Other notable successes included the hugely popular April release of Tom McCarthy's "The Visitor," which shows how smart Overture Films was to hold back its release of the film when it purchased it at 2007's Toronto International Film Festival, and the "roadshow" release of Image Entertainment's "My Name Is Bruce," with Campbell traveling around alongside the movie. It has grossed nearly $200,000 without going over a few screens a weekend. Even more impressive was Logo's releasing of "Noah's Arc: Jumping The Broom," which never went over five screens and grossed $532,244.
As 2008's top doc, Lionsgate's Bill Maher anti-organized religion rant, "Religulous," may have only grossed about half of 2007's champ, Michael Moore's "Sicko," but its success represented a substantially greater overall doc performance this year. While in 2007 only 3 docs grossed $1 million (the others being "No End In Sight" and "In The Shadow of the Moon," both of which just barely crossed that mark), 2008 has seen six, with a few bubbling just under.
In fact, four of the 25 highest grossing docs of all time came out of 2008 ("Religulous," "Expelled: No Intelligence Allowed," "Shine a Light" and "Young@Heart"). Oscar hopeful "Man on Wire," bubbling $500,000 or so under with nearly $3 million and still in release, could also end up joining that group.
Foreign-language releases also saw various financial triumphs. While one might even consider partially non-English "Slumdog" and significantly non-English "Under The Same Moon" foreign success stories, what stands out as an example is Music Box Films' $6.1 million grossing "Tell No One" which led an onslaught of successful French-language releases (SPC's "So Long," IDP/Samuel Goldwyn's duo "Priceless" and "Roman de Gare," and IFC Films' "A Christmas Tale" and "The Last Mistress).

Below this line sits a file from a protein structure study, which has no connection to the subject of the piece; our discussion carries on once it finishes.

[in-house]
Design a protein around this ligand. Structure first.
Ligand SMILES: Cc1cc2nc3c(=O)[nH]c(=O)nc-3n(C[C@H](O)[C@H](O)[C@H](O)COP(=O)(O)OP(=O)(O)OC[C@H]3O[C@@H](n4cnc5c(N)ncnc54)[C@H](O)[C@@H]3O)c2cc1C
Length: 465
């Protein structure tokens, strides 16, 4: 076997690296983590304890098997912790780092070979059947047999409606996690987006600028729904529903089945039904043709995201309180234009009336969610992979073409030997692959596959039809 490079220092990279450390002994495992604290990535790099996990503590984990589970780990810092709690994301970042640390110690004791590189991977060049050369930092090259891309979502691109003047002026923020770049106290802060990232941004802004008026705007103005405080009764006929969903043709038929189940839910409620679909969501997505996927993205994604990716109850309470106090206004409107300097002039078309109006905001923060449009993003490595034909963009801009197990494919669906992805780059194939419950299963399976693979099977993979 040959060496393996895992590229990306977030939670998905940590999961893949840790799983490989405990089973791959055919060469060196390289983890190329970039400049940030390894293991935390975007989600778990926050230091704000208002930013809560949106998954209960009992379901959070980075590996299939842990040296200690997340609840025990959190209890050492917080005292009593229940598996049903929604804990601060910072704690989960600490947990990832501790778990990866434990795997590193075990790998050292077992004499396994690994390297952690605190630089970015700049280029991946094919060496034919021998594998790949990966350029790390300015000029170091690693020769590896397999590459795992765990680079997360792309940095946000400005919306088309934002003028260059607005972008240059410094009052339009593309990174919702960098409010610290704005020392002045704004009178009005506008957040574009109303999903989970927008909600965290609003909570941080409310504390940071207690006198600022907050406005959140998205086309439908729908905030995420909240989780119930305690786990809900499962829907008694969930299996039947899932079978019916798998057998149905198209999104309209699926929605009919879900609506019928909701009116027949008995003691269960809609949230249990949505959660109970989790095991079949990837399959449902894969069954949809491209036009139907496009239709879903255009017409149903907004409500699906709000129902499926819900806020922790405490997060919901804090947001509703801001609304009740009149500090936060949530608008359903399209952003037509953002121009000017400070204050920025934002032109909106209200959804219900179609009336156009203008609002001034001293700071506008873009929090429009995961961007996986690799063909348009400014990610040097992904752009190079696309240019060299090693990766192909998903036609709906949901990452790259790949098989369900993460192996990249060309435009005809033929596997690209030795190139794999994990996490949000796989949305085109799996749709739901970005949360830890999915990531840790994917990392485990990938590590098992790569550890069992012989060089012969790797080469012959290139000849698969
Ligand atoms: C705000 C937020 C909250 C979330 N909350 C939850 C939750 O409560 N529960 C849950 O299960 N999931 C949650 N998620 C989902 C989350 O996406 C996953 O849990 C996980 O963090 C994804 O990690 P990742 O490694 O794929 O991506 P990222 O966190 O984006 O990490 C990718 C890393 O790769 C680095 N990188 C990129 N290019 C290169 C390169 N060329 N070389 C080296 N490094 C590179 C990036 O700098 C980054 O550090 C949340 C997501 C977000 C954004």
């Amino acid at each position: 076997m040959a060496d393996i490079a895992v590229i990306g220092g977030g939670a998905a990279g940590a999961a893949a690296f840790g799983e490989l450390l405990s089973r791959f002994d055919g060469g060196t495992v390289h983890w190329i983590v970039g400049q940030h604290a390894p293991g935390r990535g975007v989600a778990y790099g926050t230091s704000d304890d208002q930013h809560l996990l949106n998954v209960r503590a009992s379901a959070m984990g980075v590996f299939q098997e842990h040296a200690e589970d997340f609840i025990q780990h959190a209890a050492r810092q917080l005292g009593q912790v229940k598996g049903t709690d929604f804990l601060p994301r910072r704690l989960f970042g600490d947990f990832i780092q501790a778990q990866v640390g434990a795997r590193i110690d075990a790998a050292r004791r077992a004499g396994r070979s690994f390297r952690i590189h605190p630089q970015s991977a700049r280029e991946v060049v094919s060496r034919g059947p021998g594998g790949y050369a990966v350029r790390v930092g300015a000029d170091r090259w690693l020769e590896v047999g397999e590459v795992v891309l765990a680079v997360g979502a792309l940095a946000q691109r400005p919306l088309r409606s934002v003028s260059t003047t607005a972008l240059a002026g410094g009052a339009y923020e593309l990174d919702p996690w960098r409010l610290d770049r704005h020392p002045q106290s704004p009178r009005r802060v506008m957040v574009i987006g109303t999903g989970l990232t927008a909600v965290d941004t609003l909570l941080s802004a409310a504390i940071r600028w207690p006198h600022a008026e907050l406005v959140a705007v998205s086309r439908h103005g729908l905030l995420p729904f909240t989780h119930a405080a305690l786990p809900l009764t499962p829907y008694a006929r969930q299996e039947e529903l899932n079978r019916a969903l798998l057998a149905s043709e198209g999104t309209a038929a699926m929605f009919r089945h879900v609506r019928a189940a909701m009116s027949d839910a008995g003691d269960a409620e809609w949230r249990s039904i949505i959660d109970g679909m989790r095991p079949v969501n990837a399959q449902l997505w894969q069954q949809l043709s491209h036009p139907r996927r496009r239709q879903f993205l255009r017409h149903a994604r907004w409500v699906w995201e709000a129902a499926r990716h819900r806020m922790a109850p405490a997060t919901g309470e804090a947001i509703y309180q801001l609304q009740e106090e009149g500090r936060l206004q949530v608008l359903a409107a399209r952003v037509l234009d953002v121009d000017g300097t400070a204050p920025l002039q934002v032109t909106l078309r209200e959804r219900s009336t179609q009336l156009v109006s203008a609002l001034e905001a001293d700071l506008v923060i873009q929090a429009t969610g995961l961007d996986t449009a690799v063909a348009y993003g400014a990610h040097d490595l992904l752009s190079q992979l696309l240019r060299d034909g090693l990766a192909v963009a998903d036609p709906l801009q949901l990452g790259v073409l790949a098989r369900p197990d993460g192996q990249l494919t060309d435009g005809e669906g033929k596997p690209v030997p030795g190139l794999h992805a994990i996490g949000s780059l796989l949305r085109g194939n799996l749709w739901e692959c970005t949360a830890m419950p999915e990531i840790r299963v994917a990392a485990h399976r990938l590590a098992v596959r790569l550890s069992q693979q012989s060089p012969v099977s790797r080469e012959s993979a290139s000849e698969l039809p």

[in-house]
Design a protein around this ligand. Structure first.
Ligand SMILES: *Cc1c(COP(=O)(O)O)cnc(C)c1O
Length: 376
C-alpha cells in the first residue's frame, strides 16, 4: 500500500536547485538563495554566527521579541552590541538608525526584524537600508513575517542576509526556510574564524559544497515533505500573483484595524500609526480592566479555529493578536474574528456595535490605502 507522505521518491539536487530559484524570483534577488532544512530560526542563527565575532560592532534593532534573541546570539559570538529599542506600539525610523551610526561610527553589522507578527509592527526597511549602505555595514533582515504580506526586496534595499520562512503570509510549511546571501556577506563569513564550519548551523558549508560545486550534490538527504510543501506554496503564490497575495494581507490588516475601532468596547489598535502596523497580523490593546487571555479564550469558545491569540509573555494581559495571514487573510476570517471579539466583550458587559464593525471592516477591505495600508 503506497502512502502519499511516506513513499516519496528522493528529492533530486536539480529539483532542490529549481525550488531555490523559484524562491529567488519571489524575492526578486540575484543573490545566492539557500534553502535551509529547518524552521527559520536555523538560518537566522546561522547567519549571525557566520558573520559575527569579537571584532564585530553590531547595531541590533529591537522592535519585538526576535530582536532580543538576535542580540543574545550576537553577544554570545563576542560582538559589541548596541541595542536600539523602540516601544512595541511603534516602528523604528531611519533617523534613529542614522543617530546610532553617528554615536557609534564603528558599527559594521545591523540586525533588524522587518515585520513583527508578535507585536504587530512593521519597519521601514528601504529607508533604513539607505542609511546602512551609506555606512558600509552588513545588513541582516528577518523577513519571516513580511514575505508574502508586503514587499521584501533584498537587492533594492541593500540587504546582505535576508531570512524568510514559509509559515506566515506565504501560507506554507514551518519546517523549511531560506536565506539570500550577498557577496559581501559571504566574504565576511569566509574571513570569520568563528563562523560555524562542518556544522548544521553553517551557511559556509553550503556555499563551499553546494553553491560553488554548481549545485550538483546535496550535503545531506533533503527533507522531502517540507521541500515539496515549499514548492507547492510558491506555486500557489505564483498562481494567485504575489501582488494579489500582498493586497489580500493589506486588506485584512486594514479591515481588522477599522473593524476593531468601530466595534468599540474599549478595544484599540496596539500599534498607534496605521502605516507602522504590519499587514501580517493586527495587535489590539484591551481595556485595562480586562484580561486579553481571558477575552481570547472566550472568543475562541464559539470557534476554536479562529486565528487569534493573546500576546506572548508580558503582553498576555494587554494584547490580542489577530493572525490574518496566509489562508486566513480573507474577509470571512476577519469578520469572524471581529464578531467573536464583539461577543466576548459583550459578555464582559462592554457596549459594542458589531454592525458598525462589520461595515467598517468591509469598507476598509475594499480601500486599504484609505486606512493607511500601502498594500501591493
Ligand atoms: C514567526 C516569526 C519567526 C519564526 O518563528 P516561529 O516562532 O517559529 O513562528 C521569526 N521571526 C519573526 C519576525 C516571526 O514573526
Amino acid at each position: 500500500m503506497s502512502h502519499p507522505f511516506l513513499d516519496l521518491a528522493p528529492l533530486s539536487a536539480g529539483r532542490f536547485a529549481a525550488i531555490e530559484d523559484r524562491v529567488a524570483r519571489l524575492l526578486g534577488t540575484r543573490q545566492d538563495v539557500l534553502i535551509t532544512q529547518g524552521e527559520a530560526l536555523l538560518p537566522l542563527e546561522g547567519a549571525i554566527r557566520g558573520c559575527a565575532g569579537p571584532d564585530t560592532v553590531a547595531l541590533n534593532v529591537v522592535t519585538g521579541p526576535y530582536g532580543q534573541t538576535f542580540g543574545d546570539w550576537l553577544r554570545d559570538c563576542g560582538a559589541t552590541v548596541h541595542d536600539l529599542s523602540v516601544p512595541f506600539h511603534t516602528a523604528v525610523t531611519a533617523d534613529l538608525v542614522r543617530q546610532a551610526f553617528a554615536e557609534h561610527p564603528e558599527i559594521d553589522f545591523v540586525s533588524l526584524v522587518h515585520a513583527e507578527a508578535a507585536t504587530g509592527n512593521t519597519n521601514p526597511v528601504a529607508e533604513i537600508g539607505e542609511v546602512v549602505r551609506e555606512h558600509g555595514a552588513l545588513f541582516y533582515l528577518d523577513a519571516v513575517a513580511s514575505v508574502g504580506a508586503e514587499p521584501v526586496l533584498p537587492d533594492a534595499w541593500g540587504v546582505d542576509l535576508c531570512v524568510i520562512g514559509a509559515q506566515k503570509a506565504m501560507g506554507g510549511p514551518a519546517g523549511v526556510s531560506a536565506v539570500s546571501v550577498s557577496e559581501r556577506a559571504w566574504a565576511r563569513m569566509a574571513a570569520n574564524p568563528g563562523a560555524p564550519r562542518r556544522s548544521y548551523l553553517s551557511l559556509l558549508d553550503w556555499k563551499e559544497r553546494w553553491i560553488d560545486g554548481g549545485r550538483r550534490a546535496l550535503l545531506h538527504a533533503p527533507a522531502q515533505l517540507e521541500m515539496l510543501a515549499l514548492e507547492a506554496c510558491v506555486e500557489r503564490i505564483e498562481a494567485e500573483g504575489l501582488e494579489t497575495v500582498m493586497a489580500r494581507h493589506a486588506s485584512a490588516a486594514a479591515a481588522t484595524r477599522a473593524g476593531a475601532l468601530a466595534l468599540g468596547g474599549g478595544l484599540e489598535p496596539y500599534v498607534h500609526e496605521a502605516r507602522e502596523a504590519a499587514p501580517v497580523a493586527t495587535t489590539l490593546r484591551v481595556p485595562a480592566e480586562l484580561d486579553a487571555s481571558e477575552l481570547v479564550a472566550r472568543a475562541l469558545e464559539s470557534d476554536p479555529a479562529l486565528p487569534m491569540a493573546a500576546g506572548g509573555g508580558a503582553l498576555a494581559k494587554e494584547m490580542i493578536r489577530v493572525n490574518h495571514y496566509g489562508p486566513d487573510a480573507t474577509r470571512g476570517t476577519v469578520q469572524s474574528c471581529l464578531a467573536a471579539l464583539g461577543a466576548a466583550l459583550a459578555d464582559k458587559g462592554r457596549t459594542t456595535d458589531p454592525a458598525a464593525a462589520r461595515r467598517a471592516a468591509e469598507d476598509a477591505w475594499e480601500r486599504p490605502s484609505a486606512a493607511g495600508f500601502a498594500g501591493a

Other major foreign successes included SPC's aforementioned "Counterfeiters," Picturehouse's $5.7 million grossing "Mongol," Magnolia Releasing's $1.3 million-and-counting "Let The Right One In," and IFC Films' $1.2 million-despite-that-Oscar-snub "4 Months, 3 Weeks and 2 Days."
One of the more negative financial themes of the year wasn't found from a specific distributor, but from a group of films that attempted self-distribution. After a very successful summer release of Randall Miller's "Bottle Shock," which grossed $4 million-plus without going over 401 screens, self-distribution found some serious bumps in the road. Lance Hammer's "Ballast" has grossed only $77,000 since opening in October, which is hugely disappointing for a film that received such overwhelming critical responses when it debuted at the Sundance Film Festival.
Freestyle Releasing, a company that specializes in service deals for self-distributed films, and which also released "Bottle Shock," saw huge disasters with the releases of "Delgo" and "Nobel Son" (which was also directed by Miller). Just one weekend after "Nobel Son" opened on an inappropriate 893 screens and averaged just $374, "Delgo" averaged just $237, making it by far the worst opening ever for a film on more than 2,000 screens.